In another instance, the book uses Israel as an example of an authoritarian regime using ethnic wars against others for domestic political purposes. This book is not related to the field of the Middle East but to political science and comparative politics. Suffice it to say, for Mann's arguments to proceed, the student has to accept his presuppositions and his examples uncritically. It is fair to assume the highly educated professional produced by this educational process is likely to accept being anti-Israel as a default liberal position.
For postmodern scholars, no pretense of academic objectivity is required. In Ted Swedenburg's Memories of Revolt, the author, who teaches at the University of Arkansas, makes the case to dismiss academic training which requires objectivities and asserts that Palestinian claims of victimhood, regardless of their actuality, and believe that Israel is a dominant oppressive state, hold a much stronger truth value. This form of activist scholarship is also very prevalent in academia and depends on the theoretical work of Michel Foucault. In book-length, the author defends Palestinian terrorism no matter how gruesome and brutal and encourages his academic readers to do the same.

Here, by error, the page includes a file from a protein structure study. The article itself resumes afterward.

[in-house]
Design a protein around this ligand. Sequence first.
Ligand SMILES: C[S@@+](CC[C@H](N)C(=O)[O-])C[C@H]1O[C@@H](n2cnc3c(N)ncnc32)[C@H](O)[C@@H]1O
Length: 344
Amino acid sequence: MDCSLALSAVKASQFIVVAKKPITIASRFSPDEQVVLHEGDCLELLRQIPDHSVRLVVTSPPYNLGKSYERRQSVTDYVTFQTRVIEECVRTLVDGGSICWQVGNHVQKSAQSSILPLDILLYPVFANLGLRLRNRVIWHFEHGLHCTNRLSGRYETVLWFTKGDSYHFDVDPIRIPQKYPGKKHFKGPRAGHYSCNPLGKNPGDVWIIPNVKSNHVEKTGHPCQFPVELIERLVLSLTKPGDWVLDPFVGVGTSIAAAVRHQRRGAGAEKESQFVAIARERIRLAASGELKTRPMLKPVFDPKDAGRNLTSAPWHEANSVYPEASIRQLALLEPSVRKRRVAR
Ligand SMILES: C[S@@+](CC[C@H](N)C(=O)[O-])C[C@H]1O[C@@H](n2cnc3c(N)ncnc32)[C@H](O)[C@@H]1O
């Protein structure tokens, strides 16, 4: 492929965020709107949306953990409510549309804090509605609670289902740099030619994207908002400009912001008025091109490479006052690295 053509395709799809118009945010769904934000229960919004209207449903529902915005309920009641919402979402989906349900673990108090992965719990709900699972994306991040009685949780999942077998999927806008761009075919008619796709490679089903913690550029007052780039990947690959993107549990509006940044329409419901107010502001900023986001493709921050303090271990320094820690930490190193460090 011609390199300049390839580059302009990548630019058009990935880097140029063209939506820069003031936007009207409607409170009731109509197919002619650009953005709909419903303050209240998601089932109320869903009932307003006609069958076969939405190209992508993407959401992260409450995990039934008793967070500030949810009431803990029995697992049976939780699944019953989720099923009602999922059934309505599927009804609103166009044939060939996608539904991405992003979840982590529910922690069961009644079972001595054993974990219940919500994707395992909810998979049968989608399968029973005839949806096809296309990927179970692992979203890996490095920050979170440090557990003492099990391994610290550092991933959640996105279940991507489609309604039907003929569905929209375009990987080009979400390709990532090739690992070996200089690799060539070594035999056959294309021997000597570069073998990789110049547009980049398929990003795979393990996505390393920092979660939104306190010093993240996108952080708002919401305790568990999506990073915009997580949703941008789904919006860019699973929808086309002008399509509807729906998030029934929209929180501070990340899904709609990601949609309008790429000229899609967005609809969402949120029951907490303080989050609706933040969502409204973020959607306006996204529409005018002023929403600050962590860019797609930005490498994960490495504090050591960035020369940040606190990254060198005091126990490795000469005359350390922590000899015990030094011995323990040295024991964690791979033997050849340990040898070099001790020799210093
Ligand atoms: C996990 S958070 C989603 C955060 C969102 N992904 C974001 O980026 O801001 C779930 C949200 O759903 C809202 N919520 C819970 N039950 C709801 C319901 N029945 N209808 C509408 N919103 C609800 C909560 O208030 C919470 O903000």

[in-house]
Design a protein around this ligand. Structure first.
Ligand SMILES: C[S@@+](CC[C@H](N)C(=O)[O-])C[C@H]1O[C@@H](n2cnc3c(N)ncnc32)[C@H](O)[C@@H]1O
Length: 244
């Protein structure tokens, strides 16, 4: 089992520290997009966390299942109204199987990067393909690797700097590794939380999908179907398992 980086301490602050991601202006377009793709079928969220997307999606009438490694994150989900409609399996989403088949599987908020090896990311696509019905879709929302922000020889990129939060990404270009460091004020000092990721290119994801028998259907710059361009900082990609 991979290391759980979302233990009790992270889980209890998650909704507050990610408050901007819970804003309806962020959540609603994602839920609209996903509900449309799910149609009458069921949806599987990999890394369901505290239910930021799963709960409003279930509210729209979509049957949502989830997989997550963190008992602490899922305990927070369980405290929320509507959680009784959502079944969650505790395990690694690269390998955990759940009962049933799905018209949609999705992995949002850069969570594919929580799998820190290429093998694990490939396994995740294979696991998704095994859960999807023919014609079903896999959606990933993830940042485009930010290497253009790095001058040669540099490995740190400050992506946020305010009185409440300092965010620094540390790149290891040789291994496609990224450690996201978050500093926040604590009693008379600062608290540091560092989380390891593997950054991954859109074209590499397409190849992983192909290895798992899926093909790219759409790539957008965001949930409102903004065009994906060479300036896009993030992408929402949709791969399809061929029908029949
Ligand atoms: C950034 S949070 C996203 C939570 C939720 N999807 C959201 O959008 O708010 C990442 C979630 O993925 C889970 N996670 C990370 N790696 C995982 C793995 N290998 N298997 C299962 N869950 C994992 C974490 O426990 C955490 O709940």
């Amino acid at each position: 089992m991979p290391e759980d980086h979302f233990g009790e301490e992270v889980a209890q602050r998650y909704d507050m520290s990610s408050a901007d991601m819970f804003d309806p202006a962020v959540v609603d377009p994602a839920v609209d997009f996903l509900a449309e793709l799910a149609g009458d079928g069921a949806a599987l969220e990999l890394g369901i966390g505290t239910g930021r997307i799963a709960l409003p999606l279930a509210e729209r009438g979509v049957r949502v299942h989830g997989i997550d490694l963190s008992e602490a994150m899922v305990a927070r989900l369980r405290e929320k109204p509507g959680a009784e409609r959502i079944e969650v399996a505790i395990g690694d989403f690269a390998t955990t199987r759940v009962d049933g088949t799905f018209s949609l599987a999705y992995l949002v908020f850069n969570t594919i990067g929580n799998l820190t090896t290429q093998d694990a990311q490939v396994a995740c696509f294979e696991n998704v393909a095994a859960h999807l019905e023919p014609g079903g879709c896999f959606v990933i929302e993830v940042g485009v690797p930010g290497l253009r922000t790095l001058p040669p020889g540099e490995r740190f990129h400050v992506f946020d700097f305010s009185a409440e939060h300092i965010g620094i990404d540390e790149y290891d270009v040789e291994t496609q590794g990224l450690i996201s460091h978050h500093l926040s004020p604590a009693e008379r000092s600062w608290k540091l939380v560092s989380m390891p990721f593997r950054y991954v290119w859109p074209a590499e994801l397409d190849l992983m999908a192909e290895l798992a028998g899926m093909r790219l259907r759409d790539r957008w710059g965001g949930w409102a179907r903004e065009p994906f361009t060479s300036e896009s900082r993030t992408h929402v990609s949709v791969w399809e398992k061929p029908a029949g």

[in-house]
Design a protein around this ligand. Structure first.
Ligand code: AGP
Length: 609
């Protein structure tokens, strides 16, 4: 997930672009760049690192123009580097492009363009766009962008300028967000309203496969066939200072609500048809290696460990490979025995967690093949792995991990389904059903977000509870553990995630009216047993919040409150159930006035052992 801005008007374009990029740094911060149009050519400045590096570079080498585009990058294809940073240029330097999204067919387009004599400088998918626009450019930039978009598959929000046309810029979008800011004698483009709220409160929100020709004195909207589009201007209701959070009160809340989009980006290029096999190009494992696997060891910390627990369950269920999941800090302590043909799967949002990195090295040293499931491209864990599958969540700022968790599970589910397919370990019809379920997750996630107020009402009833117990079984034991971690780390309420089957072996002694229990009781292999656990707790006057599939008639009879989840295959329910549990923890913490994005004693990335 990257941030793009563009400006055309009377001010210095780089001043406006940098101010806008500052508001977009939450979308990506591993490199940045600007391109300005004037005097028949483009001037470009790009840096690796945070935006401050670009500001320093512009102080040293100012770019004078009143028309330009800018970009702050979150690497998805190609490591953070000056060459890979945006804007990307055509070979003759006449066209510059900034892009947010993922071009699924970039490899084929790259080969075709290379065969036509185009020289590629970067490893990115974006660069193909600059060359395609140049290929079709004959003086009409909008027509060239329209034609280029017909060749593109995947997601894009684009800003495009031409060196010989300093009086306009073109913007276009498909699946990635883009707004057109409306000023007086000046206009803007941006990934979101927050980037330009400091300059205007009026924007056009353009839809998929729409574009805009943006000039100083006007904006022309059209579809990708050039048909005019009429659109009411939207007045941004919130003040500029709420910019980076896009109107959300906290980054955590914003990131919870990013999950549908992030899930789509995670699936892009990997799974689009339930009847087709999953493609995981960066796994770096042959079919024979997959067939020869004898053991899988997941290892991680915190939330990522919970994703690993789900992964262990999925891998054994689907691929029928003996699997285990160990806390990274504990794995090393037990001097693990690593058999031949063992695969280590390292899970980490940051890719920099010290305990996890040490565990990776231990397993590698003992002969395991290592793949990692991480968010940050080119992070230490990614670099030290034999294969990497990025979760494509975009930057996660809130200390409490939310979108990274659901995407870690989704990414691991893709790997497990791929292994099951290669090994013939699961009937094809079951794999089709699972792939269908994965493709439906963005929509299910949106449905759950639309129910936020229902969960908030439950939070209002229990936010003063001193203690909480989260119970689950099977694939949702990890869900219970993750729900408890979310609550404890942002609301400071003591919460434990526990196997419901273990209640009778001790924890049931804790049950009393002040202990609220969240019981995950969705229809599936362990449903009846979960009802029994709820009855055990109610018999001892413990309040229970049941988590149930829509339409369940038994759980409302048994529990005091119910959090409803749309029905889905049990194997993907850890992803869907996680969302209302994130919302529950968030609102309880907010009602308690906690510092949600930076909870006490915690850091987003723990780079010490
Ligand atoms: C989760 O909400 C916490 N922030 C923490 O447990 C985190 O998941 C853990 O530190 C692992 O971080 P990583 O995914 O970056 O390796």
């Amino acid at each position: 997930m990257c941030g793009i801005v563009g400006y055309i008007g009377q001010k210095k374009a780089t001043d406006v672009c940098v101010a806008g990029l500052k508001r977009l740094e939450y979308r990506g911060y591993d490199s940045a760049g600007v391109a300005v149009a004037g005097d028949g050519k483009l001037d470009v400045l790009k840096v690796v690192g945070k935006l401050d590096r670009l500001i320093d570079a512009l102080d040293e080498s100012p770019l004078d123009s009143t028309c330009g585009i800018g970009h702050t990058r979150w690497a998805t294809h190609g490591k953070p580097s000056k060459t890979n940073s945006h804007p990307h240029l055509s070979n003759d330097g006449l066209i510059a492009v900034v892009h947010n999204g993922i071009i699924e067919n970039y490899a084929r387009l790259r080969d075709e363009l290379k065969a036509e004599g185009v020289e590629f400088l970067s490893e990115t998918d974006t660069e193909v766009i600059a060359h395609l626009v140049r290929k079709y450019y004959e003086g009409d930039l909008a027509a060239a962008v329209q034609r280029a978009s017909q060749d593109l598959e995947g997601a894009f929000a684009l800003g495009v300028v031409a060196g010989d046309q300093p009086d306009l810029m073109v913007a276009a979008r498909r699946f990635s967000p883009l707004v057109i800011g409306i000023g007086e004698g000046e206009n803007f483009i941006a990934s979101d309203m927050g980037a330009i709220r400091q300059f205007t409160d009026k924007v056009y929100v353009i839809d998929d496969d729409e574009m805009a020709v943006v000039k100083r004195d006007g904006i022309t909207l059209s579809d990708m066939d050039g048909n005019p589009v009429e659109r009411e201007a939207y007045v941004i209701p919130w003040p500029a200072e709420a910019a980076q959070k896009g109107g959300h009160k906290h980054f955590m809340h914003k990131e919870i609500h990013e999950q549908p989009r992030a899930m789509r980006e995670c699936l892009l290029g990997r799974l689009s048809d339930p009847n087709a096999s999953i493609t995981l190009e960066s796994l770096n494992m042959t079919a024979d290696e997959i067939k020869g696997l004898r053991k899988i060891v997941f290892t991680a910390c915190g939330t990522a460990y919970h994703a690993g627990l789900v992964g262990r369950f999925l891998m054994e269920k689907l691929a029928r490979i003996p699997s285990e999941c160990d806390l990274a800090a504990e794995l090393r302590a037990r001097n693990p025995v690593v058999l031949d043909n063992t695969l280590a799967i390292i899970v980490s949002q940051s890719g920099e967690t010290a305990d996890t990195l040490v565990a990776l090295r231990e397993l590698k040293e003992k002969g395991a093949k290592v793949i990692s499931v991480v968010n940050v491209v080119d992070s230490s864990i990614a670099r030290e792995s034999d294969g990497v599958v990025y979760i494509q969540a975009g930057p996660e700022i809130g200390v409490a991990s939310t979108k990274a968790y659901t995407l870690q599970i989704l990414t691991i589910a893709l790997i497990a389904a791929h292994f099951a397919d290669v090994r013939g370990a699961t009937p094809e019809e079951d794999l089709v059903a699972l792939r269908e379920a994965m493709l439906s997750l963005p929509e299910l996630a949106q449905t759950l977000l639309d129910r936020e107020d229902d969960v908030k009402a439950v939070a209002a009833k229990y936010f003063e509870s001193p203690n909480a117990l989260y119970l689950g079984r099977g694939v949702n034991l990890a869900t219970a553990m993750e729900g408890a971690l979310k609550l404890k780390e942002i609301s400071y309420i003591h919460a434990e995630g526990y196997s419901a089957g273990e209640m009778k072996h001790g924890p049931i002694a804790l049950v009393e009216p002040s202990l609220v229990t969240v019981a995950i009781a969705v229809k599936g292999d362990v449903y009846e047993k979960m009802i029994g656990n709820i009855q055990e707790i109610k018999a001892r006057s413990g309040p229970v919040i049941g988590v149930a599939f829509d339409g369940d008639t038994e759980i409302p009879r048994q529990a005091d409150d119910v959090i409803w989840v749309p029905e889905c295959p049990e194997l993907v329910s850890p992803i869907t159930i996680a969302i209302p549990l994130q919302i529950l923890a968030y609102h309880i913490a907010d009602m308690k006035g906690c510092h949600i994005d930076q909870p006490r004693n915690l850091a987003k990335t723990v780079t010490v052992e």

In Middle East analysis, the historical narrative upon which this social science rests is nearly identical to the ideological narrative of Arab nationalism, which starts from the claim that European colonialism exploited the Middle East and destroyed its social and cultural fabric. It colonized Muslim societies both territorially and culturally and destroyed their traditional structure, a catastrophe from which Arabs never recovered. This European imperialism is considered to be an integral part of a uniquely diabolical ideology called capitalism. The story of how the British and the French conspired to territorially divide the region, epitomized in the myth of Sykes-Picot, is considered to be the starting point of modern Middle Eastern politics and societies and on which all subsequent political turmoil in the region is blamed. The establishment of the State of Israel in 1948 is then solidly embedded in this narrative and appropriated to the Western colonialist legacy in the region.